Tathra's Linda Badewitz-Dodd who practices at Merimbula's Dodd and Dwyer Amcal Pharmacy has won the prestigious Pharmaceutical Society of Australia's Pharmacist of the year award for 2021.
Ms Badewitz-Dodd co-owns the pharmacy with business partner Tania Dwyer and offers a wide range of professional services.
She said the response from her friends, family and the community has been "overwhelming" and has received a number of messages since the announcement this morning, September 25.
"I'm just doing what I do and it could have been so many other people recognised too, so I don't know why it was me over someone else but anyway."
She received the award for her work in the community as a pharmacist and advocate for the health and well-being of those she provides a service to.
During the Black Summer bushfires, the pharmacy stayed open and supplied face masks, essential medicines and emergency support to the community.
"Even though Tathra was spared this time around [during the Black Summer bushfires] we didn't know whether it was going to be or not.
"It was just so traumatic and people were obviously upset, so we just thought, we need to be here and we need to stay open and support everybody who is doing things pretty tough," she said.
Ms Badewitz-Dodd and her team have also been instrumental in administering a number of COVID-19 vaccines in the Bega Valley Shire.
"In the Far South Coast region, our pharmacy is the only one that has the capacity to do the COVID vaccinations and that's just that we're fortunate that our practice has more than one pharmacist, we've got six people who can actually vaccinate," she said.
She said the flow of people coming to get vaccinated has been inconsistent and that the changing messaging around the vaccines has been hard to communicate with patients, but they continue to be advocates for informing their patients.
The practice is fairly innovative in terms of the scope of services offered.
In addition to COVID vaccinations, they administer other injectable medications, provide sleep apnoea services, wound dressing, and screening for diabetes and cholesterol- to name a few.
Ms Badewitz-Dodd said she became a pharmacist because, "I'm a people person and I thought science was pretty cool."
She grew up in Bombala, but moved to Sydney to study and work. After graduating from the University of Sydney she worked as a clinical pharmacist at Sydney's Royal Prince Alfred Hospital where she spent time in the intensive care, neurosurgery and neurosurgical intensive care units.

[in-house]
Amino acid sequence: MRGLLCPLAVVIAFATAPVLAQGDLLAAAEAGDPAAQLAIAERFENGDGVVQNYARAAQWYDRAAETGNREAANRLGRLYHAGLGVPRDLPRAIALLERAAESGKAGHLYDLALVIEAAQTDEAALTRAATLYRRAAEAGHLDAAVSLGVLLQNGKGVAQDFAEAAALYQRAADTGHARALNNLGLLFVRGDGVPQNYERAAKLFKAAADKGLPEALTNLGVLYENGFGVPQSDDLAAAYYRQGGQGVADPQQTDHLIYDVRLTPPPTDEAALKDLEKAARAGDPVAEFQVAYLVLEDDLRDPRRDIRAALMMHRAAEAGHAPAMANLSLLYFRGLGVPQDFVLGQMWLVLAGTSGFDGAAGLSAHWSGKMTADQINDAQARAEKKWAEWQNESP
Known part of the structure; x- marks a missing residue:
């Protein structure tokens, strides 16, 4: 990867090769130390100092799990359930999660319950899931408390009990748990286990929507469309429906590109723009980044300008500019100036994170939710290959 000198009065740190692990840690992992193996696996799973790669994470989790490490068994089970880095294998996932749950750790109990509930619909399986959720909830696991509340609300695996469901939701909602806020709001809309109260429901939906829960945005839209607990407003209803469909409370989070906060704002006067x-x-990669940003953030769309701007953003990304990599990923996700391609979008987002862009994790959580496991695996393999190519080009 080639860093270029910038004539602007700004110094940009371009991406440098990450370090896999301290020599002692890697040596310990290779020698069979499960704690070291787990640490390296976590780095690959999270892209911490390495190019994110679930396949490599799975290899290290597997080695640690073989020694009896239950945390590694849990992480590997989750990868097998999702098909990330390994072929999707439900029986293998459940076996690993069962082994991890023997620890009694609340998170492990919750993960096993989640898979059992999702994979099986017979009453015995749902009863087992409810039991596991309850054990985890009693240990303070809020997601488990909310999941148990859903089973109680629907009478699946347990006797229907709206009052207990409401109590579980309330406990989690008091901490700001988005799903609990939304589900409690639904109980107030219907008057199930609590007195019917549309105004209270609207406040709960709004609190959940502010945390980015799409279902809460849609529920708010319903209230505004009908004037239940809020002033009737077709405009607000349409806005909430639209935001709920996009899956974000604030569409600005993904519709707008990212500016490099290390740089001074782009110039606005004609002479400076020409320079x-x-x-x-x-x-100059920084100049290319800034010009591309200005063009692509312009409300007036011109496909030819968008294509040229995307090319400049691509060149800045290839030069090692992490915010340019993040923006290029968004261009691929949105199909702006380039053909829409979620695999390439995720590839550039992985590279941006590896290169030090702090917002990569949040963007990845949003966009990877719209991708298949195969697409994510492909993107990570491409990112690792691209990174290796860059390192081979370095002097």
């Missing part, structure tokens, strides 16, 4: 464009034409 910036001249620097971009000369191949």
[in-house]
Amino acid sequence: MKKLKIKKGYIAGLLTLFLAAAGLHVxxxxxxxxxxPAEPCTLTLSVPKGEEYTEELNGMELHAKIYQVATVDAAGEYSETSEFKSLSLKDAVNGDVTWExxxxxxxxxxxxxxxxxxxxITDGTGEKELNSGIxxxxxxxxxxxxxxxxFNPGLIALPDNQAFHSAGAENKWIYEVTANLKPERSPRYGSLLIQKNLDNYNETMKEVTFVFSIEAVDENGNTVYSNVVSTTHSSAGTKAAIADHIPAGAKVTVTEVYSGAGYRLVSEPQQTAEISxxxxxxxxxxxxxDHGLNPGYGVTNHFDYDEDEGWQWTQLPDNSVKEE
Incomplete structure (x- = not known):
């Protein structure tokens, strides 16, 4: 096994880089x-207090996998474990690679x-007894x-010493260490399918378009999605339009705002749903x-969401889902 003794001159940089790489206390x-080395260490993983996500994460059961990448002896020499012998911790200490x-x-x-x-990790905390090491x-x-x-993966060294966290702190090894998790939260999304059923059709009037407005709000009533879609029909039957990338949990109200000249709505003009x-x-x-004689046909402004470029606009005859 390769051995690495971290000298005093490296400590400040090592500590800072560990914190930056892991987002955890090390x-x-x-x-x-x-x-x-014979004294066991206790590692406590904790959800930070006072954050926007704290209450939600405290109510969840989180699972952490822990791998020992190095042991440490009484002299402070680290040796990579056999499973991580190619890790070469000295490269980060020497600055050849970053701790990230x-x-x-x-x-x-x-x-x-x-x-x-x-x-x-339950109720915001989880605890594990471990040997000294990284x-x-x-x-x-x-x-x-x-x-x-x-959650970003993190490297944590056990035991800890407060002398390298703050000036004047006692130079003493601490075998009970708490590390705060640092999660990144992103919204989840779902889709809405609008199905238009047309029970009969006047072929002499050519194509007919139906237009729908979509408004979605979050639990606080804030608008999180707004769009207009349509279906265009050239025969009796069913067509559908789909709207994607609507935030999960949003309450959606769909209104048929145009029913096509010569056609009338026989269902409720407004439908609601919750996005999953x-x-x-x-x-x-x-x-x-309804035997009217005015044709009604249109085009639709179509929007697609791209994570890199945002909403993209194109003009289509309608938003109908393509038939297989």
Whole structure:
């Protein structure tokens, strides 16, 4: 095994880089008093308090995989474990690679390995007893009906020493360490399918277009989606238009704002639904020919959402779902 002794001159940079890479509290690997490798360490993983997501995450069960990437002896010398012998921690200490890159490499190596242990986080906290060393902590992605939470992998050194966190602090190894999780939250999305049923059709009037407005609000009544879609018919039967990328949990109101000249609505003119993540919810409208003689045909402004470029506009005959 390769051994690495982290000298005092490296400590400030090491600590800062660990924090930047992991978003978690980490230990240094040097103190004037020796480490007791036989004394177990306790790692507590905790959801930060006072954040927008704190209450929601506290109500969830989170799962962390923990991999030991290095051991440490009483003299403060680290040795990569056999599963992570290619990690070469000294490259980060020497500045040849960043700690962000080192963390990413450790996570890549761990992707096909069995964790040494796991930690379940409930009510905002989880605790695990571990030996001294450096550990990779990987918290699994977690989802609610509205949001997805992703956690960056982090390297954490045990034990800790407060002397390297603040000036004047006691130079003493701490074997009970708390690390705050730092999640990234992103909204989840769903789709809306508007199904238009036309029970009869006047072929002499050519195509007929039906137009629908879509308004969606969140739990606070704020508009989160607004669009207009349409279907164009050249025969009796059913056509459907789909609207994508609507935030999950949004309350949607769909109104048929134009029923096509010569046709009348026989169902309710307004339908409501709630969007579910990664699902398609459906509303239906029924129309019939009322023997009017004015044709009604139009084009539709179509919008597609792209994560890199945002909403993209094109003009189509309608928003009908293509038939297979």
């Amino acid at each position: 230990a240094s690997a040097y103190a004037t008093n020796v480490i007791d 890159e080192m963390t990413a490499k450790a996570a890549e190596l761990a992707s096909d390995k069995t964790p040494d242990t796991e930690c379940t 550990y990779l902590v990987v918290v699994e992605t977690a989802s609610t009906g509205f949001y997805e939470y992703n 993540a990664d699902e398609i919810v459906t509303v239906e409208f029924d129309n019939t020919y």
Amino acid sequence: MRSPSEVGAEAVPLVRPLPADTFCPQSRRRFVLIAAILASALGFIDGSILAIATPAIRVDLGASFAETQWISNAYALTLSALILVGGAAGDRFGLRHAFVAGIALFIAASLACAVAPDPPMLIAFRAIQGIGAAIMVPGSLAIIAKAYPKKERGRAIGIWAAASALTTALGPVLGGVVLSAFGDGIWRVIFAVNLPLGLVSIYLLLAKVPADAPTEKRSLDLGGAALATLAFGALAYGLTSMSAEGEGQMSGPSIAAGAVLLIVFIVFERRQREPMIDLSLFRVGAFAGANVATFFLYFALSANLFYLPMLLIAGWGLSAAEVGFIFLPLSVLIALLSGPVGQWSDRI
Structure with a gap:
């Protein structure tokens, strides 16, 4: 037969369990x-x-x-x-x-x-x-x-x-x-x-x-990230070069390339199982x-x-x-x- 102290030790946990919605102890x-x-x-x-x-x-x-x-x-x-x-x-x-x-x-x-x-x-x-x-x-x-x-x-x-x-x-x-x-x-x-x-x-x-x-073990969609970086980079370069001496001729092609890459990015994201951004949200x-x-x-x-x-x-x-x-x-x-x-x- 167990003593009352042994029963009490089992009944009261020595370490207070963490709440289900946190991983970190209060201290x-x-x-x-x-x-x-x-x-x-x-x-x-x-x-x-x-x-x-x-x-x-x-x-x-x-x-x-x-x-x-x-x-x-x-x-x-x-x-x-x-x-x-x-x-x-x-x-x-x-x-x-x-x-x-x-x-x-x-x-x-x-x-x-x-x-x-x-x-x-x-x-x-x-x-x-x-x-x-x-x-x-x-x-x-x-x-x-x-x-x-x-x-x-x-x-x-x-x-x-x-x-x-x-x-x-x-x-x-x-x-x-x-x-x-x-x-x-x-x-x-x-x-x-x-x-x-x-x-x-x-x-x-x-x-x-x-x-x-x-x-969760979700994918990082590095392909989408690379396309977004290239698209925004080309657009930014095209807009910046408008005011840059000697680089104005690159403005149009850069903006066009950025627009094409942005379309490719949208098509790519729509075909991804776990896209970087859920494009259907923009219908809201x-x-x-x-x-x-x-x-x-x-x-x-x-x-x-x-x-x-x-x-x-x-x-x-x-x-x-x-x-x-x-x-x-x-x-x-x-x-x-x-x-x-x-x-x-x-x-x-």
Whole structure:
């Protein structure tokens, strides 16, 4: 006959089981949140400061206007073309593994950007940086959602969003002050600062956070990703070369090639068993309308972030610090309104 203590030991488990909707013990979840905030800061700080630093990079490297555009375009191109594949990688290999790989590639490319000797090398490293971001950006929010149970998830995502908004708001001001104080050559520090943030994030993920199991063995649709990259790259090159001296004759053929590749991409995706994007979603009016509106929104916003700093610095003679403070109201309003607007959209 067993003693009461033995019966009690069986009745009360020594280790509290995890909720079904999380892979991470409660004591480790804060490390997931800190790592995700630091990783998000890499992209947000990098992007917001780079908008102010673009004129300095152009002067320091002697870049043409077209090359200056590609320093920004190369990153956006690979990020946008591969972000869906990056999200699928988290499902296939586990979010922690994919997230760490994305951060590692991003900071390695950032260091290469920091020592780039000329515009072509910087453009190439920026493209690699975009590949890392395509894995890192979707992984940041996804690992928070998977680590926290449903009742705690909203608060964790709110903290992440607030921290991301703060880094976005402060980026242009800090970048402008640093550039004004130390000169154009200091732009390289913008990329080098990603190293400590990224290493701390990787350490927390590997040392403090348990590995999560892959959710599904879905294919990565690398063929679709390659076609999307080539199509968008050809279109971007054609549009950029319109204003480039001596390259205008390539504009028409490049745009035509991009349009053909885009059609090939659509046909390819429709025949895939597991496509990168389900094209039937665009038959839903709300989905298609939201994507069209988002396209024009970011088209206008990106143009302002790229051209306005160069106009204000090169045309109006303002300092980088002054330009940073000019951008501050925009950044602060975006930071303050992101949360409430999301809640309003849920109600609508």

After a number of different roles in the city, she and her late husband David Dodd moved to Tathra and worked for local pharmacist Warren Seeto. She has now worked at the pharmacy for 21 years.
The business underwent management changes over the years but what has remained unchanged are the community connections and relationships she has formed in the area.
"It's a very special role being a pharmacist in a regional area, just because your customers aren't just customers, they're your neighbours, they're your friends, they're your relatives.
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"The relationships we have with GPs and allied health practitioners is better because we all live, work and socialise in the same community- so you develop more personal relationships which overlay the professional relationship and that results in more respect and enhances communication between us," she said.
Her professional goals into the future would be to extend the professional services provided at the pharmacy and look into how legislative change could assist her to provide additional services.
"I'm hoping to get approval to go and do some outreach COVID vaccinating with the Moderna vaccine for the younger kids."
That would involve Ms Badewitz-Dodd and a number of her team going out to schools or businesses in over to provide the vaccinations, rather than people having to come in to the pharmacy.
"The legislation in pharmacy doesn't allow us to do that, so I'm trying to get that sorted so we could go and do that because it would be a lot easier and more efficient in a situation like a school.
"At the moment there isn't the scope for it, but I'm working on it!"
"We as a pharmacy feel very strongly about doing our part to help us get out of this situation so we can get back some of our freedoms, and I can go on a holiday," she said.